Sweaty summer nights as boys, plopped on our beds in our underwear listening to Brewers games; the little boombox I would play Sherlock Holmes radio plays on as I fell asleep, the clip-clop of horse hooves, the moody violin soundtrack; grade school Salisbury steaks and elephant ears speckled with sugar and the lunch lady with the mop of grey curly hair who smiled at you, called you hon, whereas the other lunch ladies were kept behind the scenes, the grumpy ones who probably escaped as soon as possible for a cigarette outside; the amazing flexibility and guileless heart of Mindy D.; the rangy, alcoholically-handsome eighth grade teacher, Mr. R, probably forty, who gave the girls in his classes rides on his shoulders, which seemed, then, somehow not weird; the seventh grade teacher, Mr. M, who would grab R by the collar, perp walk him to a wall, and shout at him to shut up, his mouth an inch from R’s mouth, his whole head beet red; the time I was reading a chapter about synchronicity in The Encyclopedia of Unsolved Mysteries, my favorite book in 6th grade, and something very, very synchronic happened, I wish I could remember what, I think maybe a diagram Mrs M. had drawn on the board matched some doodle in my notebook, right as I’d been reading about synchronicity, whatever it was I remember feeling floored, the urge to tell someone, but it would be too hard to explain it; the incredible, unbearable feeling of my first real crush that same year, a twist in my heart and a catch in my breathing whenever I saw her in class or when she smiled at me that I have felt, in a slightly more muted way, a few times as a grown up, we’re all susceptible to crushes now and again, they’re natural, a reminder we’re alive, and the feeling connects me instantly to my twelve-year-old self, my single eighteen-year-old and twenty-three-year old selves, my occasionally crush-susceptible married self of years past; for a little while it makes life feel electric and less constrained, less set in stone. And that reminder: it helps.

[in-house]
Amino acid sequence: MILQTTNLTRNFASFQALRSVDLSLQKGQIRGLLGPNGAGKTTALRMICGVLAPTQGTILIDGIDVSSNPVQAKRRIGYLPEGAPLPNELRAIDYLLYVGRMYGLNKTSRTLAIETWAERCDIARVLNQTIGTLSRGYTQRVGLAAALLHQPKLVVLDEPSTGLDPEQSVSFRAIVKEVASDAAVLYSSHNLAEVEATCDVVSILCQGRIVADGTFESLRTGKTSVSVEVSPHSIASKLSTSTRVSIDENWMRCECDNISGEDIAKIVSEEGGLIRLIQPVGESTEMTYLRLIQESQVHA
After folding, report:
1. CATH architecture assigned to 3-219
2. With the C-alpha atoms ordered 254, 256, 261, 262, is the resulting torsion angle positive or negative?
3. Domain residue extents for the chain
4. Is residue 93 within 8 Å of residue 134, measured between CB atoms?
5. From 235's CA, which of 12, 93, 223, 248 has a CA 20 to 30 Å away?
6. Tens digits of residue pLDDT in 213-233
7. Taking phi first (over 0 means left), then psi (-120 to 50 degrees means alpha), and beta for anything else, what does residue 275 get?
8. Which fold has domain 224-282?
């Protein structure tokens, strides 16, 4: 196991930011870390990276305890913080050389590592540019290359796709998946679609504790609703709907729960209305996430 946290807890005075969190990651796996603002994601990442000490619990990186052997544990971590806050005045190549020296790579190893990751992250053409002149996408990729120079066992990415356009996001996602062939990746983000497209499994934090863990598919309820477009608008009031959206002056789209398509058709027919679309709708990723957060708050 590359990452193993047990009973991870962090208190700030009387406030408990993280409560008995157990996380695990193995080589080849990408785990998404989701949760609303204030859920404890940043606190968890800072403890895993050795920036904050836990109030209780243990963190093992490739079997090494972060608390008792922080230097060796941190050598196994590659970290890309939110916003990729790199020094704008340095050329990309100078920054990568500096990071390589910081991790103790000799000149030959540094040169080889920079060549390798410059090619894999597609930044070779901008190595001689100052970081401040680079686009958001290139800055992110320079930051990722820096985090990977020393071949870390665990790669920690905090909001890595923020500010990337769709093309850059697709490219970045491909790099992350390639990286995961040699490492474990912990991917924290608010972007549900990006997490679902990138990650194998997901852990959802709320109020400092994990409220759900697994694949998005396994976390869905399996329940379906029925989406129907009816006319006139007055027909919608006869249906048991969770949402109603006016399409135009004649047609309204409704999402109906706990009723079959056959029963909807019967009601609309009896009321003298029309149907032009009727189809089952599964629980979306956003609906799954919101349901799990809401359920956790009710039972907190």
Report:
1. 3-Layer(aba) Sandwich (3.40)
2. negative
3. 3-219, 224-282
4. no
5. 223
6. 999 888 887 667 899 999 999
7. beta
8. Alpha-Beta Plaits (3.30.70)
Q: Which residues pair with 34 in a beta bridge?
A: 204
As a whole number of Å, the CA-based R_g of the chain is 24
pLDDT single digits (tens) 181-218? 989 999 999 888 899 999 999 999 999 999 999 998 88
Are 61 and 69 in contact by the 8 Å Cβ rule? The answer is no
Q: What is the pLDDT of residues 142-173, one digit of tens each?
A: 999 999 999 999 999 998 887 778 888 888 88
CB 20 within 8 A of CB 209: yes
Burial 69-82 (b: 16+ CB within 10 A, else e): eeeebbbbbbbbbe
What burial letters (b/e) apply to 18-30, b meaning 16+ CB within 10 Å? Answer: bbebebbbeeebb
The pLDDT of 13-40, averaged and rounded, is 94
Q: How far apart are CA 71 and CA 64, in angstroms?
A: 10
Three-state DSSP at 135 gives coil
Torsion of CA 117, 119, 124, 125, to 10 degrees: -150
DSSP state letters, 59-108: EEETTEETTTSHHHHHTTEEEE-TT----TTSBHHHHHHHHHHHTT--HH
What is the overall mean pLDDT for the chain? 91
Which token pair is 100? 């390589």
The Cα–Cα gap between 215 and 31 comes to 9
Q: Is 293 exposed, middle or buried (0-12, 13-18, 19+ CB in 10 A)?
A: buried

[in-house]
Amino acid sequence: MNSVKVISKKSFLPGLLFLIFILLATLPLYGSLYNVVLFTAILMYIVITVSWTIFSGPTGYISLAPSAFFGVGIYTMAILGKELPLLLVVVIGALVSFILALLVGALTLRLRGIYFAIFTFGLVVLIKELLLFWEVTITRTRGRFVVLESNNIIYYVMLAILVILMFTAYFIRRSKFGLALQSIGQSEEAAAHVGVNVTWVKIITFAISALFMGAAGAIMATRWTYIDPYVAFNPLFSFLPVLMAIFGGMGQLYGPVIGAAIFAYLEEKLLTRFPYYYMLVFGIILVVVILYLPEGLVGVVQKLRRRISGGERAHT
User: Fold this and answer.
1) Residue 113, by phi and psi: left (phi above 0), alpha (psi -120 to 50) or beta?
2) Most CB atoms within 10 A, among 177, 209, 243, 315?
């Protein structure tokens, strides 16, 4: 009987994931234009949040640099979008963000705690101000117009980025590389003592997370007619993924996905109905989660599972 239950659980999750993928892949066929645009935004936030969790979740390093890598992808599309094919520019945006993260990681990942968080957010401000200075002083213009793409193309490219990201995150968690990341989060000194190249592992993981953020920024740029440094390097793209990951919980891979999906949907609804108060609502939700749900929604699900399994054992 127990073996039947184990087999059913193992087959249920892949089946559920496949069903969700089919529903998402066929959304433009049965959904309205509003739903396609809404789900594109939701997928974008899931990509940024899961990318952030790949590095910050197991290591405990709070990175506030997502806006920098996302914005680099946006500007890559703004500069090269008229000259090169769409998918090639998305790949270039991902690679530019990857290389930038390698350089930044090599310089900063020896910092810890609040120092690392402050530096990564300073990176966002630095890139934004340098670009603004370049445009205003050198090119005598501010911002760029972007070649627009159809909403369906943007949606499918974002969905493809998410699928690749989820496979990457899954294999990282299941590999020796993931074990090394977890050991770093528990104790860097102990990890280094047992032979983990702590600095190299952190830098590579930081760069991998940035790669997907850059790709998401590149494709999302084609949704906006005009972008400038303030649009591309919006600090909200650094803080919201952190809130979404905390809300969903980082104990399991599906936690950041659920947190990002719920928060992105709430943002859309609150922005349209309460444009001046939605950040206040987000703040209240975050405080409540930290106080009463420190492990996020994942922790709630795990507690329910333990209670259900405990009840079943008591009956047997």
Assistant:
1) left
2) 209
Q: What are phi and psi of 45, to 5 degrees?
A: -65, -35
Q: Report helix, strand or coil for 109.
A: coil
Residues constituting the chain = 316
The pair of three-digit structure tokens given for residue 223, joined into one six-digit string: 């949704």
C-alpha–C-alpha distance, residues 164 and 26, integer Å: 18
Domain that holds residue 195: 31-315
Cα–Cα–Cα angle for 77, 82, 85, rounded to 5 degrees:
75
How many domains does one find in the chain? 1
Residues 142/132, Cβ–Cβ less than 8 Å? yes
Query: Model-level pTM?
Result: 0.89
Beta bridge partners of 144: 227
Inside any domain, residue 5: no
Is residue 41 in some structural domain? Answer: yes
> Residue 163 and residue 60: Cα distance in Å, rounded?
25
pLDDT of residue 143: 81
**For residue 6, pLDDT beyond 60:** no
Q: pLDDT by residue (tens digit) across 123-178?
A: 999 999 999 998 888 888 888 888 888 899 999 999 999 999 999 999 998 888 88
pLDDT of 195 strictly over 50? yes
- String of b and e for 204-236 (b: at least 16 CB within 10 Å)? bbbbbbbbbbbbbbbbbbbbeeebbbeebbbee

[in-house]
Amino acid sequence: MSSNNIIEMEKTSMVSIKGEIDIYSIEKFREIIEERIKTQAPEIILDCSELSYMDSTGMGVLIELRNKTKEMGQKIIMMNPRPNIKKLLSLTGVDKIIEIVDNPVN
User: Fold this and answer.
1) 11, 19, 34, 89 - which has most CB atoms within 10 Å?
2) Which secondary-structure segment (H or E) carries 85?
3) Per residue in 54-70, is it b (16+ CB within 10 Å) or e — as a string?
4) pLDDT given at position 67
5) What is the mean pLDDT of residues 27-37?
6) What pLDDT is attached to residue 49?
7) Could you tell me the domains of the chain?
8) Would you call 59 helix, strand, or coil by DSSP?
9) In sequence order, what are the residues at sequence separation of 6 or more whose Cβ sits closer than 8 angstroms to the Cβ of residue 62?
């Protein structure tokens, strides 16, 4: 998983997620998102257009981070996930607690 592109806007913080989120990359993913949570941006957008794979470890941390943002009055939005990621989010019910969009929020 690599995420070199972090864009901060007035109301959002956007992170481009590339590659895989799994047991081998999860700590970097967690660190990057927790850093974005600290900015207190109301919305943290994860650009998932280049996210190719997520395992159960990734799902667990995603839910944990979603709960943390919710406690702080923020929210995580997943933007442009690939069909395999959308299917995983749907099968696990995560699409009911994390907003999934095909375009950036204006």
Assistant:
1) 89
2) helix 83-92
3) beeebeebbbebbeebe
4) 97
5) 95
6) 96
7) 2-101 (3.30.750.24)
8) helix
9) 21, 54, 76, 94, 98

What about that very sweet, large couple in their forties, no kids, who were the landlords of a summer apartment in New Orleans, the man like a character in a children’s book—cheery, apples in his cheeks, gap-toothed—who would whip up endless batches of enchiladas, who had almost a mania for it, and kept a giant, industrial-size storage freezer full of them, hundreds, which he would share with me and my roommate weekly, a cooking habit that made me wonder if he was heartbroken about not having kids, if he had wanted a big lively family, but couldn’t, so did the cooking for a big family part, as some kind of compensation. There was the owner of the Korean place we liked in Cambridge, a gruff lady who would hack at the half-burned rice at the bottom of your little cauldron of Bi Bim Bap with chopsticks if you hadn’t finished it, and nod at you and bark, “Eat! The best part!;” the seventy-something lecturer at NU, not a professor, I’m embarrassed I’ve forgotten his name, who I would play ping pong with in the student center, because we both loved it (he’d been part of a club when he was younger) once a week for a semester, up until I got good enough to beat him, the peak of my ping pong career, spins and roundhouse swats and everything, at which point he didn’t want to play anymore, this circumspect man who wore a suit every day and who seemed to be estranged from his family, who spoke of a son, but did not want to speak of his life, or ask me much about mine, only to play ping pong, three games a session, where the rules were clear, and the action lively. My violin teacher my junior and senior years in high school, who flew to NYC every weekend from Milwaukee to be with his wife, who played in the New York Philharmonic, who had a Stradivarius on loan and let me play it once, who told me about how he travelled through Europe in his early twenties with a string quartet, they’d play for cash in the square of various cities and made enough to stay in hostels, eat well, how he shook his head at me when I hadn’t prepared nearly enough for some competitive symphony weekend thing he thought I should do, for which he thought I’d be first chair, how I furiously crammed the first violin part of what we would play that weekend (Schubert’s Unfinished Symphony) from the fifth or sixth chair and barely, barely got through it without wiping out during the performance, the experience both exhilarating and awful, like surviving a ski hill that’s two levels too hard for you. The distant cousin, a girl of about five, who took a liking to me and wanted to sit on my lap when we visited in Switzerland, me seventeen, and the feeling it gave me of what it might be like to be a father someday, of feeling like you’re someone else’s safe good place, not something I’d ever felt with the boys, only boys, I’d babysit sometimes in the neighborhood; the girl I had a crush on at fourteen at camp, Annika, the freedom of being whoever you wanted to be that summer, around strangers, the California boys who didn’t want to be there, who told me Richard Gere really had put a shaved gerbil up his ass, THEIR DAD KNEW RICHARD GERE, SO IT WAS TRUE, OK?, who nasally pronounced “gracias” “grassy ass” at lunch and snorted, who were probably were jerking off like monkeys at every opportunity, something I was still innocent of back then. The feeling of pushing off in a canoe into still, cold water, as happened at that camp, the slight wobble, the settling into position, the glide before you start pushing forward with your oars. The kayak rides like the ones I took by myself, sneaking time, the past few summers in Canada, how needed they were, how calming it was to row towards the little cul de sac of the lake where giant trees loomed over dark water full of yellow lily pads and flattened peagreen reeds striping the surface like calligraphy strokes, the tops of some of those looming trees nodding deeply like big, moppy puppets, a steady, deliberate kind of lurching, but also just underneath them the sequin-like twinkling of tiny birch leaves, their branches firm and stoic, only the leaves fluttering, and the squat brushy trees swaying like fat hippies at a Peter, Paul and Mary concert until the winds picked up and swirled at which point the hippies would move erratically, up and down, side to side, tripping too hard. There was also the calm flapping of the longer-branched trees to my right, like the ritualistic fanning of giant palm fronds, as if Jesus on a donkey would show up any minute. In the kayak, I moved closer to the end of the water, the wind’s hollow whistle, a dim seashell sound in the hollow of my ear, and with maybe twenty yards to go, I lifted up the oars and let the wind push me and drifted into the water growing more shallow: three feet, two, one, until I hit sand and stopped.